6: Disaster recovery and failover

Companies moving data and applications to the cloud should ask to see the disaster recovery plans and DR/failover commitments of the cloud providers. They should also find out how many data centers the cloud provider uses and whether there is complete failover between data centers. Of equal importance is whether the cloud provider owns its own data centers or it's leasing data center capacity from other third parties that the company does not have a contract with. Very quickly, the risk assessment in this area can become both a business continuation and a legal liability issue. Whatever the outcome of research and discussion, the company has to feel comfortable that its business will not be interrupted or liable if a cloud service fails.

SEE: Power checklist: Building your disaster recovery plan (Tech Pro Research)

7: Switching vendors

How easy will it will to switch cloud vendors if you choose to do so? Although it might be a "plug and play" proposition technically, it might be more complicated from a contractual or a cooperation standpoint.

8: On-premise licenses and contract management

If you're shifting applications from on-premises to the cloud, the optimal coordination occurs if you can make the transition when your on-premises software licenses are expiring. The cloud migration is usually not a problem if you're staying with the same vendor, but it can be if you are moving from one vendor to another. It is also important to thoroughly review (and even have legal counsel review) your contracts for pricing and other conditions and stipulations. Many companies end up disappointed when they begin to receive extra charges on their bills for different services they thought would be included in their flat monthly fee subscriptions to the cloud.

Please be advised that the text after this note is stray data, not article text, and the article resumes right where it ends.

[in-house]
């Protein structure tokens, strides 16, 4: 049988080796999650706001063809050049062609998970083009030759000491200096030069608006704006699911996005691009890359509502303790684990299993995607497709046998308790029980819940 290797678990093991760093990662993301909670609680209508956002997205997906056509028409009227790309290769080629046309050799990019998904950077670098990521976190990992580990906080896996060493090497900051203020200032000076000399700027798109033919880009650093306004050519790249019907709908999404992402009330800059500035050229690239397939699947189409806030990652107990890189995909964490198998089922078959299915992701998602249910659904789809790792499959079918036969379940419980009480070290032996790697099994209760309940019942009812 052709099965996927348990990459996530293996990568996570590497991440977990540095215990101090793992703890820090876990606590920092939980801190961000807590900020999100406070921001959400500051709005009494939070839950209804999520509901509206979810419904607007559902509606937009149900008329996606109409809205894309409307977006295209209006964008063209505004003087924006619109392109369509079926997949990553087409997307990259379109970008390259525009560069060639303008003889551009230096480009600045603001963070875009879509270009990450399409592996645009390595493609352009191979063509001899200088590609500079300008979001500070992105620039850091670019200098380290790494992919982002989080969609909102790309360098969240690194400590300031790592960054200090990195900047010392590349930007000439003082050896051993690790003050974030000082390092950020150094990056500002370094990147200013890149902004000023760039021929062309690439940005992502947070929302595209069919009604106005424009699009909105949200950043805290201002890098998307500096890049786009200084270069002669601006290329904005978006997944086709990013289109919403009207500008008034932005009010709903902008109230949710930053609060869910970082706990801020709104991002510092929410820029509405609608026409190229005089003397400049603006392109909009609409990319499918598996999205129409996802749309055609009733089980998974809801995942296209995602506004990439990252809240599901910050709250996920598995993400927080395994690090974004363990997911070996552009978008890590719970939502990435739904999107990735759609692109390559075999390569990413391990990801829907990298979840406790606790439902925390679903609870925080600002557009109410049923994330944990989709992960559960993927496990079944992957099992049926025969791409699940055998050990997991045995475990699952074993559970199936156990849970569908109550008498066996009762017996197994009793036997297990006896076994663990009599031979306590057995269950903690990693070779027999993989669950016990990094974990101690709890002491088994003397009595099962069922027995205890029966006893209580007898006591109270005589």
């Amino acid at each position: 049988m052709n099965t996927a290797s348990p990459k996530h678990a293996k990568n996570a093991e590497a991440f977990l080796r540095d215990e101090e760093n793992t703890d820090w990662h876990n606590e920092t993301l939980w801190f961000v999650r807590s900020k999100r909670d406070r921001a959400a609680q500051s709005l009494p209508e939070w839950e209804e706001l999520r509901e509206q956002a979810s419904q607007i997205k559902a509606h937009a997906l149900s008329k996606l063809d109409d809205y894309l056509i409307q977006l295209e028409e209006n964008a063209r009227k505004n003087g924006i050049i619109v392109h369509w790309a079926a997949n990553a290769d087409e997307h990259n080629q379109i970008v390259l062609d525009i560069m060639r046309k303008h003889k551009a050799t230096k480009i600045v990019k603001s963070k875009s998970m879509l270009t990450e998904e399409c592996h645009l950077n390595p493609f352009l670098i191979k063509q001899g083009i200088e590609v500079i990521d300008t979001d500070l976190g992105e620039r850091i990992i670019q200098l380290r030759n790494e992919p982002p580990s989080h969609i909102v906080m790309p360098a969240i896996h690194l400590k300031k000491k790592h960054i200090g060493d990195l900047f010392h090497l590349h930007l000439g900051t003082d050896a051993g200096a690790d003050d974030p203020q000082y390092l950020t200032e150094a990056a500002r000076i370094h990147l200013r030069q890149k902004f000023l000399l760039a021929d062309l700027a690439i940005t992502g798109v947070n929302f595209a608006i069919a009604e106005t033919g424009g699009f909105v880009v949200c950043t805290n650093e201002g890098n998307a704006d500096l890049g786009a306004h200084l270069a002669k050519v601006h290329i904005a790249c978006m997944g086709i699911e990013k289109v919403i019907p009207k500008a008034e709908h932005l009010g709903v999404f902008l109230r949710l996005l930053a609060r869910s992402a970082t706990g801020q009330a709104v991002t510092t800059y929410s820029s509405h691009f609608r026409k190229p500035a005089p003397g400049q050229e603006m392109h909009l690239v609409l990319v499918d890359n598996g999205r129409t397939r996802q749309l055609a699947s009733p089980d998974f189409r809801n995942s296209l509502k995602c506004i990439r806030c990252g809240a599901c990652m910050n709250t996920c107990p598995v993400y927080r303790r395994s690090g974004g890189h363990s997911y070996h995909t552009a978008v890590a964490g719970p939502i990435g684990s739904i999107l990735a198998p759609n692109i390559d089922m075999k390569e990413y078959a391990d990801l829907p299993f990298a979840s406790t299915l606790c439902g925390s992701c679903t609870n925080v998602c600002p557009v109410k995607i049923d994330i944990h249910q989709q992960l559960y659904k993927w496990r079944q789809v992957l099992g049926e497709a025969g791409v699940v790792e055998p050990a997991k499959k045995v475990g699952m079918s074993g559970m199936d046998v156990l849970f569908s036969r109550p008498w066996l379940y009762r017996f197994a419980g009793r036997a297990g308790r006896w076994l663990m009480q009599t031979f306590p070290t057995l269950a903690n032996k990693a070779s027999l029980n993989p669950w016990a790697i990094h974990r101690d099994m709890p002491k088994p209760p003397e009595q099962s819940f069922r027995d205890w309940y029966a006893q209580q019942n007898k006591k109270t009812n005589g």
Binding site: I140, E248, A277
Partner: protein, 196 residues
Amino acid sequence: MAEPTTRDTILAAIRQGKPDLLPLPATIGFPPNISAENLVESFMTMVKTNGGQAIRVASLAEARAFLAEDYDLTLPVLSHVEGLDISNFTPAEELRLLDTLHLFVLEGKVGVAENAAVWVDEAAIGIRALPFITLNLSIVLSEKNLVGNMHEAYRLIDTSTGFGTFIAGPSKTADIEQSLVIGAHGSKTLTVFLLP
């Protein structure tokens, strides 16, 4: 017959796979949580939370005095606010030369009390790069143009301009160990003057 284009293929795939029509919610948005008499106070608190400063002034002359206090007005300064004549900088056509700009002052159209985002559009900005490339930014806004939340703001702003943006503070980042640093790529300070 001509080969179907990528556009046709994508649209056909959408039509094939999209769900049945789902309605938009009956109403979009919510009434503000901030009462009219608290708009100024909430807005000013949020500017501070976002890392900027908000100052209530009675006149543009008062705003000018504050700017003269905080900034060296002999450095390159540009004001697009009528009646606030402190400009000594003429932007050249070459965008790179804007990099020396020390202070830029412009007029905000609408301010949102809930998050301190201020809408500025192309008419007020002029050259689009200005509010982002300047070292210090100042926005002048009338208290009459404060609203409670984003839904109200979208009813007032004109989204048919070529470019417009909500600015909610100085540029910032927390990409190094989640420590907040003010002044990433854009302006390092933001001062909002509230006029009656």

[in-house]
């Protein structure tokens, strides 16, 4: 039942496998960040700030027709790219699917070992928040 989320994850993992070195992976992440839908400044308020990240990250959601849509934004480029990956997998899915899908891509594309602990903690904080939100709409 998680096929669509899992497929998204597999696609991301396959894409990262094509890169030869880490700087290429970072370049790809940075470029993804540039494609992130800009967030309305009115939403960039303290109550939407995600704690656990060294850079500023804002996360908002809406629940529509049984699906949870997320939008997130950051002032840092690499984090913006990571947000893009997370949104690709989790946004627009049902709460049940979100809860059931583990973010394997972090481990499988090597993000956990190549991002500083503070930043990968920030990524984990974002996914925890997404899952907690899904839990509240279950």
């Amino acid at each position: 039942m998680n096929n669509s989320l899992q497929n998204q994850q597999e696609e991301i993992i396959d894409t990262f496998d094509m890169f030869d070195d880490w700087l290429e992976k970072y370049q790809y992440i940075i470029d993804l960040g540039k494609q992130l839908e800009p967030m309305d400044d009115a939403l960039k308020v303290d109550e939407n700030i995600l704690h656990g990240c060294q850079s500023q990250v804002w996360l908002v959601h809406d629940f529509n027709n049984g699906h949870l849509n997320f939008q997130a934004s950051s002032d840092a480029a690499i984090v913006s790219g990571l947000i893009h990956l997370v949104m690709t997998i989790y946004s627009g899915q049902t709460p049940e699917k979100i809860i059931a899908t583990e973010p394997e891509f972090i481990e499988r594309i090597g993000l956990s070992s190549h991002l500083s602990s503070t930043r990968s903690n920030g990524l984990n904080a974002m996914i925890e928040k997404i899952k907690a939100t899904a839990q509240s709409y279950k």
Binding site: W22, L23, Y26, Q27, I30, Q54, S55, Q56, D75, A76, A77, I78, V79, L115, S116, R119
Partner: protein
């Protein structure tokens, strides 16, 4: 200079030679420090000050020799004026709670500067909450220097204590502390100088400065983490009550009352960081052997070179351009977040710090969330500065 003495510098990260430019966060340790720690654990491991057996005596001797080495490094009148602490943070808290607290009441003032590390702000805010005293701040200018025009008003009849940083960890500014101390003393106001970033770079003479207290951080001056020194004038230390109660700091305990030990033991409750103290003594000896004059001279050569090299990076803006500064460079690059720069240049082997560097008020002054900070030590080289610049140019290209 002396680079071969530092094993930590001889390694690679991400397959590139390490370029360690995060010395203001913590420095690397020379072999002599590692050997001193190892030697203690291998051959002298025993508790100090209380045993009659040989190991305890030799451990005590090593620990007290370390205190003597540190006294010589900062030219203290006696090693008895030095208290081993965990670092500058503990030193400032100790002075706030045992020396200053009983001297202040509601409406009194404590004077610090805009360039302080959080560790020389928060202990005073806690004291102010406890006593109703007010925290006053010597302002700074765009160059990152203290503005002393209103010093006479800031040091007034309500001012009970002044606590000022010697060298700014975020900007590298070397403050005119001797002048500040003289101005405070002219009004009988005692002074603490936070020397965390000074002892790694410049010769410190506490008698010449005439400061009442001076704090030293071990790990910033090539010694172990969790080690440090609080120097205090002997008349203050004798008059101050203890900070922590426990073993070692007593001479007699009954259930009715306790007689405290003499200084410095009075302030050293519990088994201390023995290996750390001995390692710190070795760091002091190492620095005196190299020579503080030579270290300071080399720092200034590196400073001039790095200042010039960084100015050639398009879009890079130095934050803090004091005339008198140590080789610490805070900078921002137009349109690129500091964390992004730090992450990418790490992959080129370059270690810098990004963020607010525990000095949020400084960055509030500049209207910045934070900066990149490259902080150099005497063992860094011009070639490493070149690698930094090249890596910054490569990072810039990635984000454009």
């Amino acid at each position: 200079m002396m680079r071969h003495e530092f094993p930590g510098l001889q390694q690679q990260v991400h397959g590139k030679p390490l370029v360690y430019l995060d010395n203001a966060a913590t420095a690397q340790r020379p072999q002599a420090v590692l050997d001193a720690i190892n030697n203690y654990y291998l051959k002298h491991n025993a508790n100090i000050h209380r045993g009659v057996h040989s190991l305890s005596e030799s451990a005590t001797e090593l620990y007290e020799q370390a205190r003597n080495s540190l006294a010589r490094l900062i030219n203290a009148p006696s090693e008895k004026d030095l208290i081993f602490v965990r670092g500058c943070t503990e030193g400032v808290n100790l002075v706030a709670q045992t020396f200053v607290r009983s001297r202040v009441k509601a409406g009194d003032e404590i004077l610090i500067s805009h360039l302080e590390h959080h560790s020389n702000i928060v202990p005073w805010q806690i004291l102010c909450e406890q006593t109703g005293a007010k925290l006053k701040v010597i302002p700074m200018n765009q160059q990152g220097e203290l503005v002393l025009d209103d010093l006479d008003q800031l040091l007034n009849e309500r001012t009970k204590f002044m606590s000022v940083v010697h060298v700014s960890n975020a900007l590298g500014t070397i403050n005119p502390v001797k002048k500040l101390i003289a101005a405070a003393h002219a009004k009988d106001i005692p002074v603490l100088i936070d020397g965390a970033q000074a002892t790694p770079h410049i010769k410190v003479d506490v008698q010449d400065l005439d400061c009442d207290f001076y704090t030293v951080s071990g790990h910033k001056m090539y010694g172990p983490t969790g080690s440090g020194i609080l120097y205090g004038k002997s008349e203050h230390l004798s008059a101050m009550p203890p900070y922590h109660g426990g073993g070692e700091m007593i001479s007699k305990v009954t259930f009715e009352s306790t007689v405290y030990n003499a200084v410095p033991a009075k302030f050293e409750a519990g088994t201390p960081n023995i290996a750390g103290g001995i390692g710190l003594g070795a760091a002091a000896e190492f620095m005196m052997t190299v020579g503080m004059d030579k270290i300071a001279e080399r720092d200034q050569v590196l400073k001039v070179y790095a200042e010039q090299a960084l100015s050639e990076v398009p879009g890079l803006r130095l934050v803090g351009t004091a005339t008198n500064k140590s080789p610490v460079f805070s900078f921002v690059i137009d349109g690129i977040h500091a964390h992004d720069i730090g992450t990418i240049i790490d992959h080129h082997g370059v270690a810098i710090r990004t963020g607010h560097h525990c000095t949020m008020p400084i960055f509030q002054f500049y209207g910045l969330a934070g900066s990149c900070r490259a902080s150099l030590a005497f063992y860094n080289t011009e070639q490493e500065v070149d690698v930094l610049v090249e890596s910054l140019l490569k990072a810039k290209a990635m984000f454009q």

SEE: Executive's guide to integrating the hybrid cloud (free ebook)

9: Vendor SLAs

Many cloud vendors do not publish service level agreements (SLAs), nor do they include them in their contracts. If you're planning to move to a public cloud, or a private cloud hosted by an outside vendor, the baseline SLAs you should require from your vendor are for uptime, mean time to response, mean time to problem resolution, and disaster recovery time. All should be written into your agreement. If they aren't, you are probably taking on too much risk.

10: Vendor liability and risk management

What is the vendor's liability for a disaster (and downtime) in service that harms your business? What if the vendor doesn't have control over the circumstances leading to the problem? (This could happen if the cloud vendor doesn't own its own data centers and is contracting for them with third parties—and the issue originates in one of those data centers.) What happens if there is a security breach into your data that happens in the cloud? All these potential situations should be reviewed with the cloud vendor before you sign any agreement. Be sure to contact your legal counsel if there are any questions about legal liability.

Also read...

Other risks?

Have you encountered any hybrid cloud risk areas not covered here? Share your experiences and advice with fellow TechRepublic members.

About Mary Shacklett

Mary E. Shacklett is president of Transworld Data, a technology research and market development firm. Prior to founding the company, Mary was Senior Vice President of Marketing and Technology at TCCU, Inc., a financial services firm; Vice President o...